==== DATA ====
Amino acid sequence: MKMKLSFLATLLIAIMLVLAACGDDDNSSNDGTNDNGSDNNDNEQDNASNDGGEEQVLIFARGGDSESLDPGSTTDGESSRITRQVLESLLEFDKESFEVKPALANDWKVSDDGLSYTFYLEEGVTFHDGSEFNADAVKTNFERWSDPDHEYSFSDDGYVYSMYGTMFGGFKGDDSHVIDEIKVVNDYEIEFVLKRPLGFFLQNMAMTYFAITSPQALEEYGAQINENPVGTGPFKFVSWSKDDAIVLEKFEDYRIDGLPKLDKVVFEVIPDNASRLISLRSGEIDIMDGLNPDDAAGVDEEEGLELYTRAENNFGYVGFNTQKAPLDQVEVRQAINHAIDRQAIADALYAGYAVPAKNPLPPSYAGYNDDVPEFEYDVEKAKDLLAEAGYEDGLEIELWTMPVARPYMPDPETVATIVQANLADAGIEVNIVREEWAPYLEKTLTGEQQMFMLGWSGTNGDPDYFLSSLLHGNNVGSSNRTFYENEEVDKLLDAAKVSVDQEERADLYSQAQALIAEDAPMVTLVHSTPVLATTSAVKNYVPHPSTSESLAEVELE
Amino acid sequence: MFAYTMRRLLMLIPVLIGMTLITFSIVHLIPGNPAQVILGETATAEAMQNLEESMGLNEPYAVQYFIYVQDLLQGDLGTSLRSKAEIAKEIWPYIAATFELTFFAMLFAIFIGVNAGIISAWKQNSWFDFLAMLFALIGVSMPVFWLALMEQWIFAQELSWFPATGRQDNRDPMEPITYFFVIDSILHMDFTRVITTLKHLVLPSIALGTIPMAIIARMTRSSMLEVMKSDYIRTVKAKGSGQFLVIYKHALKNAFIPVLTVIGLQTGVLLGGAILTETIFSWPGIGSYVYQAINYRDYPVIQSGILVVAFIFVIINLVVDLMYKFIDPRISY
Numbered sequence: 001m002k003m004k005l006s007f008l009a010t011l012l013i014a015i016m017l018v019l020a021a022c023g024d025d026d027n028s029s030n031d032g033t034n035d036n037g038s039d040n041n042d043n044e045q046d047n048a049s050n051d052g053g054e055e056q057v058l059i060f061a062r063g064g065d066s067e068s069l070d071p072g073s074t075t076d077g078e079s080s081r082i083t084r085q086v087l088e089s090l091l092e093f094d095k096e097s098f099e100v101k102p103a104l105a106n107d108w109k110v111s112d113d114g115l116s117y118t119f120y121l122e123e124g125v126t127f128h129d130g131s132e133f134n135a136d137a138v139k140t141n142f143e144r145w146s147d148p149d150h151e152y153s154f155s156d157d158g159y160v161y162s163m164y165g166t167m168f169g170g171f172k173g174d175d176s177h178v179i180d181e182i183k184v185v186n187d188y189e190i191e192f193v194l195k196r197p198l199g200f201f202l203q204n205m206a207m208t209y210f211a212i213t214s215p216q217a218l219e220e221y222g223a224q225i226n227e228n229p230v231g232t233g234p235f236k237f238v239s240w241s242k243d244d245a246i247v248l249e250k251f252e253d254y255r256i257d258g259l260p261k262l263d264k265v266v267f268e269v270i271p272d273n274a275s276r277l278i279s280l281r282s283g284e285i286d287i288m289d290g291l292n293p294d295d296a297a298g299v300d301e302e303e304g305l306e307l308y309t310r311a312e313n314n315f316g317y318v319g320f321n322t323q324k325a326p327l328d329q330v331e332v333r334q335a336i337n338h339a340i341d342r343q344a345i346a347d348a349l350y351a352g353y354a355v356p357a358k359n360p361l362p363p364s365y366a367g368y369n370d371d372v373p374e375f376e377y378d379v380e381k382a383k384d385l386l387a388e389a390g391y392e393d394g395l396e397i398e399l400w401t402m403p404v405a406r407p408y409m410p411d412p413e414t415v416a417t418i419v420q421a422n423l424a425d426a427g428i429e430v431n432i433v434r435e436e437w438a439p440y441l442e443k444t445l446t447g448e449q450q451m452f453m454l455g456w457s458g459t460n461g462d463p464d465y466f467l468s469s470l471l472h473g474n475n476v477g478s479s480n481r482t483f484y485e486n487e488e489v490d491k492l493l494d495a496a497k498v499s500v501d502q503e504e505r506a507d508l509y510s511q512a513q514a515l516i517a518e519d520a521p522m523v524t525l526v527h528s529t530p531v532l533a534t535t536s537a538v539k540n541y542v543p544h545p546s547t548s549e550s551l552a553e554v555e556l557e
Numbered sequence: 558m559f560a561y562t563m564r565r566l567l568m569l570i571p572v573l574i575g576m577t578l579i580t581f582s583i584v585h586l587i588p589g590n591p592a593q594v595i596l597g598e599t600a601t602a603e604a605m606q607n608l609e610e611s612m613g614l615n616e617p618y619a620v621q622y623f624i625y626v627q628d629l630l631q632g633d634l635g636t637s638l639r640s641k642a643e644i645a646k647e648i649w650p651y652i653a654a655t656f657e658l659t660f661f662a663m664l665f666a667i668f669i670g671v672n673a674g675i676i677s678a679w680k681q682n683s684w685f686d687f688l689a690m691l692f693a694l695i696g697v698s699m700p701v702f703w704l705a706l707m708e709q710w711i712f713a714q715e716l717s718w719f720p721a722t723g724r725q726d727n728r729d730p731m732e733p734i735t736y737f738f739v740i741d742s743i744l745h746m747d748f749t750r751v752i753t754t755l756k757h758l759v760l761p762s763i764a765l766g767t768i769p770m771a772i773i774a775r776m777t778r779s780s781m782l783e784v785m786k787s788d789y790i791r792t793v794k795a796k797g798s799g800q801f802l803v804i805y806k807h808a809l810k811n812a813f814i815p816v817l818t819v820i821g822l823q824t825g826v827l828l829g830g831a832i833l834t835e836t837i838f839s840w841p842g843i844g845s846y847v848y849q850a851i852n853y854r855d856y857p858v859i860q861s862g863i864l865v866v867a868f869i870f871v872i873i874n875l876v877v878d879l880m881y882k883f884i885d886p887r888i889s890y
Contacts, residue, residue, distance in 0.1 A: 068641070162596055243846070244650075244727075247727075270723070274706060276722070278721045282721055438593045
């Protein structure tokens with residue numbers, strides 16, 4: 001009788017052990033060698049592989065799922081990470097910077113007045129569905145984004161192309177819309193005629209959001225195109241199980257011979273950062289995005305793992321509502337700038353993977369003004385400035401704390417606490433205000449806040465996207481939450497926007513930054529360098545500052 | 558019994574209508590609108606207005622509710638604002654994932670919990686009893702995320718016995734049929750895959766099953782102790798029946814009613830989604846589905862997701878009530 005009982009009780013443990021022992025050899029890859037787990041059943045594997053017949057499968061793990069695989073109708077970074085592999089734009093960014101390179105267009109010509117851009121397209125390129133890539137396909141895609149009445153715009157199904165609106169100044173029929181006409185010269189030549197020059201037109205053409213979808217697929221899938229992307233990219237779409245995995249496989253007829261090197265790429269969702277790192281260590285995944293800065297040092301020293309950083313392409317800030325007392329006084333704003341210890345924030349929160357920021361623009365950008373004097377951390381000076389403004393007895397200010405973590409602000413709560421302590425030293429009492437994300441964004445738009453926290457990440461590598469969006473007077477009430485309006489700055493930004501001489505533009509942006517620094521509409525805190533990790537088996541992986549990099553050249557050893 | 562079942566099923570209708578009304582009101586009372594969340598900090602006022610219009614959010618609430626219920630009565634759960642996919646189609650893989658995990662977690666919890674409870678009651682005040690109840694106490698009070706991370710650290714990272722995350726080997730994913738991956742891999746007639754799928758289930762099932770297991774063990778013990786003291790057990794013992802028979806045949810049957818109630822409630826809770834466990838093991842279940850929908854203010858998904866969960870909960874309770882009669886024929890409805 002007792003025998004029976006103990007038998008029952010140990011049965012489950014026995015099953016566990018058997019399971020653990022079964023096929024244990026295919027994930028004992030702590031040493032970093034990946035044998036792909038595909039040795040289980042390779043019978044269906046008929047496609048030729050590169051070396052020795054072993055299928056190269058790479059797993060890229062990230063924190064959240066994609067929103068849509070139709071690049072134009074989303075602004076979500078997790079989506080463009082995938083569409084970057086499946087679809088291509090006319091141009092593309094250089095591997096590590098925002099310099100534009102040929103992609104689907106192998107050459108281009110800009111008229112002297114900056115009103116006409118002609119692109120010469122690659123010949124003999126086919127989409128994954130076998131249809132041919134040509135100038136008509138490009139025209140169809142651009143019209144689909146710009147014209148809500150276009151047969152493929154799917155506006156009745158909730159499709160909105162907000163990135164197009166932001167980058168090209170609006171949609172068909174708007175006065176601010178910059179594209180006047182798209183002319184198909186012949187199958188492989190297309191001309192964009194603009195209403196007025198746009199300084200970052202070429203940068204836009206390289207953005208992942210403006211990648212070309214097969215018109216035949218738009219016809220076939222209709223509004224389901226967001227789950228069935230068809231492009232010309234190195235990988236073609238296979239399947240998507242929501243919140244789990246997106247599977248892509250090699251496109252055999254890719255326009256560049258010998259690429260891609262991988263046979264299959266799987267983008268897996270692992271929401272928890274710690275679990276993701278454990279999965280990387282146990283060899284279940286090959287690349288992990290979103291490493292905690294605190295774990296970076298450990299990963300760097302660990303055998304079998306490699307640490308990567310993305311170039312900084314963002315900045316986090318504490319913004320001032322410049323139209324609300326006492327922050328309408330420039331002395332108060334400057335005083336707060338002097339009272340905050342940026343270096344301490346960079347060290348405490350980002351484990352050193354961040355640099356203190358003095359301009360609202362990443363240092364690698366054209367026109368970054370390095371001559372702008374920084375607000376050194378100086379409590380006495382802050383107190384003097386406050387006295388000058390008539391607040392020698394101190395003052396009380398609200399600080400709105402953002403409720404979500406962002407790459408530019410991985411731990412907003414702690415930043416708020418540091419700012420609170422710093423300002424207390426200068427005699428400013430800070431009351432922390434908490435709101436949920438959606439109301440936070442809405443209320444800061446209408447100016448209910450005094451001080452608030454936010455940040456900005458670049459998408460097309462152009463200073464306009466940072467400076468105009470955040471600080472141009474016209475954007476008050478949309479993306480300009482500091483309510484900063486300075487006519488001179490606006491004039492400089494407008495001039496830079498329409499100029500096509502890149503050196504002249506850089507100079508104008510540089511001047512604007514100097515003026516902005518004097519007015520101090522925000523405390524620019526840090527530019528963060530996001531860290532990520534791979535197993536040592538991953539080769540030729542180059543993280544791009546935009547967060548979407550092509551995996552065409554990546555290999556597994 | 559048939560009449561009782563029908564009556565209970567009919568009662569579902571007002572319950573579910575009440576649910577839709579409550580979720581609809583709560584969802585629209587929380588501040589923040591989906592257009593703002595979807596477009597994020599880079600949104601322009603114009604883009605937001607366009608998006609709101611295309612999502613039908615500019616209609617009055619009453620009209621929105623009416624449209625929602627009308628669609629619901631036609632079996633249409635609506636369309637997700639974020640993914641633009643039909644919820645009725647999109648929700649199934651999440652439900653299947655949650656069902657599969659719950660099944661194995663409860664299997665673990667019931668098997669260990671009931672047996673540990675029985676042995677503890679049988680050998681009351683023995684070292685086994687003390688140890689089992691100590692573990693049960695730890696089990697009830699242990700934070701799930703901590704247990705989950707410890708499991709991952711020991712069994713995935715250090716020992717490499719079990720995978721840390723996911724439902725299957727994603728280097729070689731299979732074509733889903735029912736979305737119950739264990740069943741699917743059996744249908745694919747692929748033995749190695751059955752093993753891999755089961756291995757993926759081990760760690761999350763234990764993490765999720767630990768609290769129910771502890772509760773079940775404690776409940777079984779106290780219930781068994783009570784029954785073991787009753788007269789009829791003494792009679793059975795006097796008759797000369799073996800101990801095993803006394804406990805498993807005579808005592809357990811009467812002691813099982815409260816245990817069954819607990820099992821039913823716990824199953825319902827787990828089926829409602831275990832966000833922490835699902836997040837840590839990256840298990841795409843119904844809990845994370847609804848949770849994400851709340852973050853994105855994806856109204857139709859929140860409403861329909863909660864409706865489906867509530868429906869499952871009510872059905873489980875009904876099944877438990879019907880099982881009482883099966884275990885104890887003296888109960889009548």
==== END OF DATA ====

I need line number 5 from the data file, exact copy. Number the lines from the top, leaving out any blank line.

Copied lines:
Contacts, residue, residue, distance in 0.1 A: 068641070162596055243846070244650075244727075247727075270723070274706060276722070278721045282721055438593045